Wednesday, April 1, 2015

Lockheed's bid for relevance

Lockheed and Boeing are the grand dames of American aerospace, having long gobbled up their competitors. Both firms have grown comfortable in the lack of competition, and have even eliminated each other as competitors in the space launch business by forming the United Launch Alliance partnership to operate their Delta and Atlas rockets. Their business model is one of government cost-plus contracts with limited competition and a sprawling collection of sub-contractors.

Into this landscape came SpaceX a few years ago, and they have eschewed cost-plus contracts for fixed price offerings with the price listed on their website (a first in space launch), sprawling webs of sub-contractors for vertical integration, and stable technology states for constantly improving systems. Together these innovations have to date reduced the cost of reaching orbit by nearly 2/3rds, and near-term innovations like the Falcon Heavy and reusable rockets threaten to lower costs even further. These cost reductions have allowed SpaceX to capture significant portions of the private satellite launch business and also large contracts from NASA.

I suspect that when SpaceX first came onto the scene the executives at Lockheed and Boeing were skeptical they would succeed and probably figured they could just wait for SpaceX to go bankrupt and then go back to business any normal. Any disruption to their business would likely be temporary.

However likely SpaceX's failure was ten years ago though, it is now very unlikely to fail in the near term. The Falcon 9 is a proven system, and SpaceX doesn't even need the Falcon Heavy or reusable rockets to continue to dominate the launch market. And since the Falcon Heavy is just three of the Falcon 9's proven launch cores strapped together, odds of its success are good. Even the heavy lift launch market is under threat from SpaceX.

So what should Lockheed and Boeing do? The fact is that their rockets cannot compete with the Falcon rockets as the Falcon rockets exist today. If the Falcon rockets become reusable and lower prices another order of magnitude, it's well and truly game over.

This background understanding is necessary to evaluate the announcement from Lockheed about their Jupiter spacecraft and Exoliner cargo vessel. This project, and its announcement, is Lockheed conceding that SpaceX has succeeded in changing space business and that there's no going back. Consider the following:

  • Lockheed is developing Jupiter and Exoliner with its own capital. They didn't wait for a NASA or DOD contract to pay them to do it.
  • The Jupiter spacecraft is designed for deep space missions, which competes directly with the Orion spacecraft under development with NASA.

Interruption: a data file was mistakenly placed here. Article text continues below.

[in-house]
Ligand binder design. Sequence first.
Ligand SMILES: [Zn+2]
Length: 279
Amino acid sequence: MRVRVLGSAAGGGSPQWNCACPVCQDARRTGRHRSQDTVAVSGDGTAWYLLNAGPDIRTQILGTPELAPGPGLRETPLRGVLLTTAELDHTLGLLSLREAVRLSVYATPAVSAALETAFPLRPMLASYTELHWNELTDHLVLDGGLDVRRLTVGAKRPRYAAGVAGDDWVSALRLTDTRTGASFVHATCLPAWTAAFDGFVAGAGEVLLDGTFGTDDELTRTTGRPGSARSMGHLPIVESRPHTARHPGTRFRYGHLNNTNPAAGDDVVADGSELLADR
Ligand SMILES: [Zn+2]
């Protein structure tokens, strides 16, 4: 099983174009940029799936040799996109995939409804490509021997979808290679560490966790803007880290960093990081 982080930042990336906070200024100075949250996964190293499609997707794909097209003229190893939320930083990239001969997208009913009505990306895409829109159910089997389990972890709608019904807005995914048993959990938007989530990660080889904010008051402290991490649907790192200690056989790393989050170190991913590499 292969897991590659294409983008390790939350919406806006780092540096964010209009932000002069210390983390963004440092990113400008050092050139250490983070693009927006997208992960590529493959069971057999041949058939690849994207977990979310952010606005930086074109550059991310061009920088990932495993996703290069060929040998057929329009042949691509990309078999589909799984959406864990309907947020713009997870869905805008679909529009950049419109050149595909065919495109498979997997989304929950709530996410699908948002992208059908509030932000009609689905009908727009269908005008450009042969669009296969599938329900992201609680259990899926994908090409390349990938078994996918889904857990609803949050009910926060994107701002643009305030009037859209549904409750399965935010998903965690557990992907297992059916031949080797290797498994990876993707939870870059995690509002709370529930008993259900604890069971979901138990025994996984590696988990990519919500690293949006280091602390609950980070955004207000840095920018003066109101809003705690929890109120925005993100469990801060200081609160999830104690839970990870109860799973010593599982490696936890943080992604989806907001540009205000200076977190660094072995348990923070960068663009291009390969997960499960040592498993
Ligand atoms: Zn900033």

• Lockheed is talking about going to the Moon, which is not on NASA's agenda at all. This marketing is obviously directed at foreign governments and private initiatives. 
  • Lockheed is marketing the (relatively) low cost of its system. SpaceX's choice to advertise and sell on price has infected Lockheed. 
  • Jupiter is refuelable in orbit. This is entirely new technology that no one (not even SpaceX) has announced support for.
Each of these changes individually is huge. Together they reflect the tectonic shifts going on in the space business these days. After 70 years of government programs, space is becoming a "normal" technology business, with competing, innovative firms lowering costs and improving quality while selling their wares to all comers.

The abilities of the Jupiter craft in particular are fascinating and suggest where Lockheed sees the future of the space business. Lockheed has designed Jupiter as a generic "train engine" for Earth orbit, Cislunar space, and beyond. They no doubt are seeing the Bigelow modules that are coming and have thought to themselves "Those things will need help getting around in orbit, or to the Moon". They've seen the future of multiple space stations, asteroid mining, Lunar ice mining, and who knows whatever other things cheap Falcon rockets will put into orbit, and asked themselves "We can't compete on launch any time soon, so where can we compete?" Their answer, at the moment, is moving things around in space once the launch part is over with. It's a great answer, and will improve the odds that Lockheed plays a meaningful part in our solar future.

Now for a bit of speculation on future announcements. The Jupiter craft is refuelable in orbit. At the moment Lockheed is just talking about it being refueled whenever it docks with a launching rocket to pick up new cargo. This will work, but it's not the best method. Lockheed has to be thinking about building fuel stations in orbit. These fuel stations could then be refilled by any third party on a lowest-cost bid. Even SpaceX could get into the game of launching fuel to the on-orbit stations, and eventually the asteroid and Lunar prospecting companies could compete for this business. Lockheed then wouldn't just own all the trucks moving cargo around in orbit, but the gas stations too. It would be a good business to be in, as satellites, space stations, and space craft of all kinds will (barring some breakthrough in physics) always need fuel to operate in space.

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